Mental Fog and Lost Desires

by | being a writer, inspiration | 2 comments

The great thing about real fog—the misty, creeping stuff—is that you tend to know it’s there.

You look out the window in the morning or descend a road into some rolling country valley and you know that you must treat the world, the outside, with care.

Safety becomes a concern—It’s automatic.

Turns out mental fog doesn’t work that way.

Instead, it’s in you as much as you’re in it.

It’s snaking through your ears, resting upon the crevices of your brain, wafting out your mouth as you smile and chat with a friend…

Without realizing it, you’ve simply become enveloped.

hazy country road with fog

It’s only when the haze clears that you realize it had been happening at all.

There are hints. Yes…Sometimes there are hints. You notice, perhaps, that a project has fallen to the wayside. Or you haven’t been eating with your spouse at night. Maybe the exercise regime has disappeared.

Always, always, we have excuses for these waning events.

One cannot ignore objective evidence of a shirked behavior, but how one chooses to interpret the evidence may be fully subject to the brain fog’s fancy.

You tell yourself it’s boredom, it’s business, it’s simply a little break.

Sometimes it really is that simple; nothing’s the matter and you are just cycling out of a phase before cycling back in.

And sometimes it’s the fog.

I don’t know when it began creeping in on me, but if I compare my work ethic over the past month (or so…?) to that of, say, last October, the difference is startling.

Monstrous even, if I’m feeling dramatic.

Back then, I worked on my book every. day. Lately it’s shrunk to one or two days per week, and now is when it needs the most attention.

Let me point out that the book was much, much more fresh back in autumn. I was in the phase of initial edits versus the five-ish I’ve processed by now.

Now it’s that banana that somehow made its way to the top of the fridge and was forgotten there, ever-ripening, for weeks.

overripe bananas in the kitchen

this would make an excellent banana bread. That’s optimism, folks.

I am going to finish this book sooner rather than later.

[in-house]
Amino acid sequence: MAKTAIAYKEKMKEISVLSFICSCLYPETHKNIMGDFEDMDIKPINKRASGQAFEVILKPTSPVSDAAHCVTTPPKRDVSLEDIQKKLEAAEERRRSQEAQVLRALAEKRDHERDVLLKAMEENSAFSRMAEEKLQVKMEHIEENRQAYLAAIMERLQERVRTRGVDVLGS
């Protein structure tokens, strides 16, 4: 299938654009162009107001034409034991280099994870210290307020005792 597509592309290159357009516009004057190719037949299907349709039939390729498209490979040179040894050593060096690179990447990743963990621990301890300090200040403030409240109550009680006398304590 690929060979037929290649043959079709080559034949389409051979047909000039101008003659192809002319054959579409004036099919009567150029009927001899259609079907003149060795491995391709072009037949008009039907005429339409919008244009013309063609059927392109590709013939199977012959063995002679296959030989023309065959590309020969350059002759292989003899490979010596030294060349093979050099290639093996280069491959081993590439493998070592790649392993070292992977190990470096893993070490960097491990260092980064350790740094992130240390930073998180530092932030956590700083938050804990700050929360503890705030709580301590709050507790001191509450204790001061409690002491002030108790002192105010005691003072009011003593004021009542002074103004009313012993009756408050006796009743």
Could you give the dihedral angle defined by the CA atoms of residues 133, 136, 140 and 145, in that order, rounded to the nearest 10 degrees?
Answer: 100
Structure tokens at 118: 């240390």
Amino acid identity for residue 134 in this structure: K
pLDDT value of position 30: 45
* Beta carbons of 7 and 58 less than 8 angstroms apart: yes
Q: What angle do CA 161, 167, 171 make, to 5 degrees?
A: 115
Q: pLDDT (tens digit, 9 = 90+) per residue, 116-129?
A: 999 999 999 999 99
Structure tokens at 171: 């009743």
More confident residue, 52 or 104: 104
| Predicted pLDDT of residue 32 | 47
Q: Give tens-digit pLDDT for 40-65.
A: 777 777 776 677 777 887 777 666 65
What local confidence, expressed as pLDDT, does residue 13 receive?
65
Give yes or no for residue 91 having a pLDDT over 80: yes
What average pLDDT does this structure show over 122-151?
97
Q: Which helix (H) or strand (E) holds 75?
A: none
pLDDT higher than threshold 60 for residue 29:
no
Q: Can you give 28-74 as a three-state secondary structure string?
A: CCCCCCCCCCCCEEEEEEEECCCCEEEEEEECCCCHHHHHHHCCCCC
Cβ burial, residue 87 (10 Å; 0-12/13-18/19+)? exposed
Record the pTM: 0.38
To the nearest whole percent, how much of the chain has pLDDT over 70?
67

Sometimes coming out of the brain fog just takes hitting rock bottom…

Something jarring to cast you to the ground, snap you to your feet, and permit you from that base vantage to look up and see the overhang of haze in which you’ve been residing.

I’ve allowed people to seep into my goals so much that they somehow morphed into the goals themselves (I talk about this more in my last post).

This isn’t such a bad thing, on its own. Relationships are important.

But me? It seems like I can’t balance my social/love life and work life very well. In a given day I can do one, but probably not both.

It’s not that my mind gets overwhelmed, per se; it just seems that it gets filled by one or the other…something like that.

Add to this that I am a people-pleasing perfectionist and it turns out that the idea of disappointing a friend or lover by not spending time with them versus working is practically painful.

Relationships with people get me caught up in a net; tangled there, floating, I can’t seem to reach my other priorities.

fishing net

i’m all up in this and it stinks…like fish

This is embarrassing to write about.

It’s probably different things for different people, at least if you’re one of uswe who are easily distracted—who find ourselves, at times, coming out of the haze.

My distraction drug of choice seems to be people (especially non-female people), but maybe yours is alcohol, partying, exercise, video games, your job, volunteer work, etc.

All of those things, when done in reasonable amounts, are fine.

But I’m referring to them as drugs because for some of us, that’s exactly how they behave: We use them (sometimes subconsciously) as an escape from the thing we actually believe we should be doing.

Unfortunately, this isn’t a post where I have some sort of solution.

What I can say is that it seems I’ve recently come out of one of these brain fogs.

It’s always strange, this process. I find myself saying:

“But wait…where did I go?”

Yet here I am, with the fire slowly rekindling and the realization that much work awaits, and this time I’m ready to take it on.

Rather than completely sequester myself off from humans like I did over the winter, I’m going to try to bring a bit more social balance into my life with hopes that I won’t be so easily thrown off next time.

One idea I’ve toyed with for months now is that of no dating.

It’s not an idea I love…I mean, I’m in my prime over here.

Still, I’m going to attempt it. I’m going to do it because every time dating happens it’s a huuuge distraction and it ends up being…not so much?

And I have to finish this book.

Your prayers…I need them.

 


 

So what is your distraction drug of choice?

Or are you one of those people who can just get stuff done when it needs to get done?

I mean, I get it…if you have a family or other dependents, accomplishing goals (I think?) becomes a whole lot easier. You have to get that paycheck.

Oh boohoo, I’m a victim of my own leisure.

But really—maybe there’s something else you’d like to do on a creative-level or just personal passion-project type deal. How do you do it? How do you not?

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Photocred: photopin.com

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